Researchers at the NYU Grossman School of Medicine have made a significant discovery regarding the aging process and gray hair. They have found that specific stem cells possess a unique ability to migrate within hair follicles, potentially preserving the original pigment in strands.
The study revealed that as hair ages, sheds, and regrows, an increasing number of these stem cells become trapped in a compartment called the hair follicle bulge. Instead of returning to their original location in the compartment, where proteins aid in their regeneration into pigment cells, they remain stuck, causing the hairs to lose their color.
The researchers conducted their study on physically aged mice hairs and observed the accumulation of trapped stem cells with aging. They also noted that these cells were unable to regenerate or mature into pigment-producing hairs.
This breakthrough research offers hope for maintaining healthy and colored hair well into old age. By focusing on melanocyte stem cells (McSCs) found in the skin of mice, which are also present in humans, the study provides insights into the control of hair color.
Hair color is determined by non-functional pools of McSCs within hair follicles, which continuously multiply. These cells require specific signals to transform into mature cells responsible for producing protein pigments.
The NYU study, published in Nature, discovered that McSCs are adaptable or “plastic.” During normal hair growth, they move back and forth on the maturity axis while transitioning between compartments within the developing hair follicle.
Within these compartments, the McSCs are exposed to varying levels of protein signals that influence their maturation. These signals transform the cells from their primitive stem cell state to the next stage of maturation.
The scientists found that an increasing number of McSCs become trapped in the bulge. Once trapped, they fail to mature into the transit state necessary to return to their original location in the germ compartment. In this compartment, proteins can facilitate their regeneration into pigment cells.
Unlike other self-regenerating stem cells that move in a single direction along a predetermined timeline as they mature, McSCs exhibit adaptability. This characteristic explains why hair can continue to grow despite the loss of pigmentation in aging hair follicles.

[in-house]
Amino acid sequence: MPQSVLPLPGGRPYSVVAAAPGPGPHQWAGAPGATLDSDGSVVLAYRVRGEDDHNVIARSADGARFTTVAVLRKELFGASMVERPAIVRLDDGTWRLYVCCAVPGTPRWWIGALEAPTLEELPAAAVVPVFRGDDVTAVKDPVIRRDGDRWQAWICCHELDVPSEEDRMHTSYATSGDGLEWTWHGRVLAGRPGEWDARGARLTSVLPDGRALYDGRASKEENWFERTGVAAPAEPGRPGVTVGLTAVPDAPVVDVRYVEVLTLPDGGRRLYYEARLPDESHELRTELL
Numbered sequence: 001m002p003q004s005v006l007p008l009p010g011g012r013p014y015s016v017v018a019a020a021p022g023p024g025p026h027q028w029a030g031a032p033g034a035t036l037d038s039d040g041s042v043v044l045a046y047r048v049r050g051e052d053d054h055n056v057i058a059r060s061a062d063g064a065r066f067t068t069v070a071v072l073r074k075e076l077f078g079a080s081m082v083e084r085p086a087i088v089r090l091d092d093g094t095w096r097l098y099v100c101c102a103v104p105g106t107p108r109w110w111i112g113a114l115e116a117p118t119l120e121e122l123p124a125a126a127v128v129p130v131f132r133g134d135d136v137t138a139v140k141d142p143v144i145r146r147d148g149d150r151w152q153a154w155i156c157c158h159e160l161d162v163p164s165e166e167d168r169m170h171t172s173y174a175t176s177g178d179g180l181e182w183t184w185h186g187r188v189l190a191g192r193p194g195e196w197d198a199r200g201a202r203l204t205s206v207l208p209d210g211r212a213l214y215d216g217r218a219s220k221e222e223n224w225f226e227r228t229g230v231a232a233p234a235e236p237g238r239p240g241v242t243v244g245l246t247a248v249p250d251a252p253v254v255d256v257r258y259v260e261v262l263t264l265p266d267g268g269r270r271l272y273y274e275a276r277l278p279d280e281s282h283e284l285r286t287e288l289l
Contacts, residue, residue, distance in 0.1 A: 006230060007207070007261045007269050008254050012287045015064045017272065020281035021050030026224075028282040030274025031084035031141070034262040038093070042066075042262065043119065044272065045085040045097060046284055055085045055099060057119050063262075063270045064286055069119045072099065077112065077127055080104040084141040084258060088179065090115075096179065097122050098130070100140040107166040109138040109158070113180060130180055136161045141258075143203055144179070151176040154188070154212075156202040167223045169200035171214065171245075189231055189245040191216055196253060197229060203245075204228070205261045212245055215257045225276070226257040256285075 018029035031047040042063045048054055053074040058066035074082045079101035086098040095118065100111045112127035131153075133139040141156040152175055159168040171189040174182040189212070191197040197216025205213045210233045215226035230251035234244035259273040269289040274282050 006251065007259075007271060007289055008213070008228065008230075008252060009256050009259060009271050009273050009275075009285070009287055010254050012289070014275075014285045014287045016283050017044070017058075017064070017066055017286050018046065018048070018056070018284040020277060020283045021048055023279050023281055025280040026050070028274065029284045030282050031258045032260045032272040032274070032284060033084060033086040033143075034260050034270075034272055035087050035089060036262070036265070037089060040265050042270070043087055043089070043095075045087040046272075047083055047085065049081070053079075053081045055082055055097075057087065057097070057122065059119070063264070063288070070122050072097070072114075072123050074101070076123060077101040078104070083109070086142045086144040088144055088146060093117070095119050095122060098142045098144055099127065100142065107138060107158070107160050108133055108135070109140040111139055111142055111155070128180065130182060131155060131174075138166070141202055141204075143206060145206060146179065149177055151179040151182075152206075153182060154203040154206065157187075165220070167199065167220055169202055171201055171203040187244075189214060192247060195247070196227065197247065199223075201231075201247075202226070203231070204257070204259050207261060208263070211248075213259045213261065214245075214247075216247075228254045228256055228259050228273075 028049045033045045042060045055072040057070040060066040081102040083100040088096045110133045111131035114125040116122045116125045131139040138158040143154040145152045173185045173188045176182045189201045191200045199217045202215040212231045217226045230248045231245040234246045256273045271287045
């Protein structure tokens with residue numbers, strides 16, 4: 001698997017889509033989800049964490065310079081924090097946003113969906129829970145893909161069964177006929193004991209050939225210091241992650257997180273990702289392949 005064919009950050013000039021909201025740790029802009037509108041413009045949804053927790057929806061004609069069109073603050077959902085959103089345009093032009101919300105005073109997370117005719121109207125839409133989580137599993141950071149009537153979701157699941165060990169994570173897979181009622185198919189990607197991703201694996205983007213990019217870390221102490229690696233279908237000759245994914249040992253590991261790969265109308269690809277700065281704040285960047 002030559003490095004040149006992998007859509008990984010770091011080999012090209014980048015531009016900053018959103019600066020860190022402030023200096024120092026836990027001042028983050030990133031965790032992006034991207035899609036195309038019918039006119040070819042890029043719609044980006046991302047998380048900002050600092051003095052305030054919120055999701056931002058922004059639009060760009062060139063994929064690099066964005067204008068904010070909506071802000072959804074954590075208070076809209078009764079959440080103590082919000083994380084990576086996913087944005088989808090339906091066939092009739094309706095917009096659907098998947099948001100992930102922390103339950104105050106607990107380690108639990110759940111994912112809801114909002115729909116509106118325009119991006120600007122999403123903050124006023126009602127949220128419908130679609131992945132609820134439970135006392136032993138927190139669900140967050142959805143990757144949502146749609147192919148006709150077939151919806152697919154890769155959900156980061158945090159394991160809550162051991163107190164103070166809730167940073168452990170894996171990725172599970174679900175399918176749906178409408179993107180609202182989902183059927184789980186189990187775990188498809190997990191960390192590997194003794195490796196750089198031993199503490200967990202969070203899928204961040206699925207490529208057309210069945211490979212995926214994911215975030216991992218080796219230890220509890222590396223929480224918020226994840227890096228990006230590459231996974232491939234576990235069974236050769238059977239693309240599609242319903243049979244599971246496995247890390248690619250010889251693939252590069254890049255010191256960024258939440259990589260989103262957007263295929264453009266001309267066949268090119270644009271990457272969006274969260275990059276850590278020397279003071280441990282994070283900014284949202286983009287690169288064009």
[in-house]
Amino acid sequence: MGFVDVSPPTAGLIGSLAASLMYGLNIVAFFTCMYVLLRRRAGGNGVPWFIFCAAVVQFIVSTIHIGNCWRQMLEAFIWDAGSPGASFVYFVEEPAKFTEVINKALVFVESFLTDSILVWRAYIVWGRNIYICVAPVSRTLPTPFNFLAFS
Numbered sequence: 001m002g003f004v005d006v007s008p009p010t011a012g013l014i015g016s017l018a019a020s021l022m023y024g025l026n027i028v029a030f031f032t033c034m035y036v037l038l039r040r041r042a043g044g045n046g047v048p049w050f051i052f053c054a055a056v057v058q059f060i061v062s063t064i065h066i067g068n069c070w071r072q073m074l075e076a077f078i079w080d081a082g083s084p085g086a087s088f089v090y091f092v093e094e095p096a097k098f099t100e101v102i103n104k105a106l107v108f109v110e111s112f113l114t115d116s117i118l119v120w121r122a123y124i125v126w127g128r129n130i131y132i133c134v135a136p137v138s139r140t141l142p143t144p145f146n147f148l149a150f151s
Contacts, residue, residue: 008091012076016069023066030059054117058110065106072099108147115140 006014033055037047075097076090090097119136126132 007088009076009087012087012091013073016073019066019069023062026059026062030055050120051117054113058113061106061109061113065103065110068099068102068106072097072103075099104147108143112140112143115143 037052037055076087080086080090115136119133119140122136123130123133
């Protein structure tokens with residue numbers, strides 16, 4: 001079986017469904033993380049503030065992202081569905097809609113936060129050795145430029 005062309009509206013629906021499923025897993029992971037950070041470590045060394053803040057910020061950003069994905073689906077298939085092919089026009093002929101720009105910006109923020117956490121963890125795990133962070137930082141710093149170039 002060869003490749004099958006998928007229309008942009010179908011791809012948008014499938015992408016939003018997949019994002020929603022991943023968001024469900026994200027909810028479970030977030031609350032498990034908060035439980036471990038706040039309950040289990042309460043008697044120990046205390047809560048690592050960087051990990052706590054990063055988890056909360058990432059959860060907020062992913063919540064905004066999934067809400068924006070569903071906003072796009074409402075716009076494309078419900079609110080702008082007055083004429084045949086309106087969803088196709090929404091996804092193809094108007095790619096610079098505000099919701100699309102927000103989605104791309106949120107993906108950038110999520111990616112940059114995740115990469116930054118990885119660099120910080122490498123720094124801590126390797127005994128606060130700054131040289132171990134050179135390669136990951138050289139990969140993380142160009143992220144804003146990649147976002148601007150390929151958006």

These findings offer valuable insights into the mechanisms underlying hair pigmentation and may pave the way for future strategies to maintain hair health and color in the later stages of life.
“Our study adds to our basic understanding of how melanocyte stem cells work to color hair,” said the study’s lead investigator, Dr Qi Sun. He is a postdoctoral fellow at NYU Langone Health. “The newfound mechanisms raise the possibility that the same fixed-positioning of melanocyte stem cells may exist in humans.”
“If so, it presents a potential pathway for reversing or preventing the graying of human hair by helping jammed cells to move again between developing hair follicle compartments.”
Earlier work that was done by scientists at NYU displayed that “WNT signaling was needed to stimulate the McSCs to mature and produce pigment”. According to this previous study, it was observed that McSCs in the hair follicle bulge were significantly less exposed to WNT signaling compared to the hair germ compartment, which is located directly below the bulge.
In the recent experiments conducted by the NYU team, they artificially aged mice’s hair by plucking them out and inducing regrowth. As a result, the percentage of hair follicles containing McSCs in the follicle bulge increased from 15 percent before plucking to nearly half after the process.
However, these McSCs remained unable to regenerate or mature into pigment-producing melanocytes. It was discovered that these trapped McSCs had lost their regenerative behavior due to insufficient exposure to WNT protein signaling. Consequently, they were incapable of producing pigment in the newly growing hair follicles.
On the other hand, the McSCs that continued to migrate between the follicle bulge and hair germ retained their ability to regenerate as McSCs, mature into melanocytes, and produce pigment throughout the entire two-year study period.
“It is the loss of chameleon-like function in melanocyte stem cells that may be responsible for graying and loss of hair color,” added Dr Mayumi Ito. He is a Langone Health professor.
“These findings suggest that melanocyte stem cell motility and reversible differentiation are key to keeping hair healthy and colored.”
The team’s current focus is to explore strategies for restoring the motility of McSCs or relocating them to their germ compartment. By doing so, they aim to enable the production of pigment, effectively preventing the graying of hair.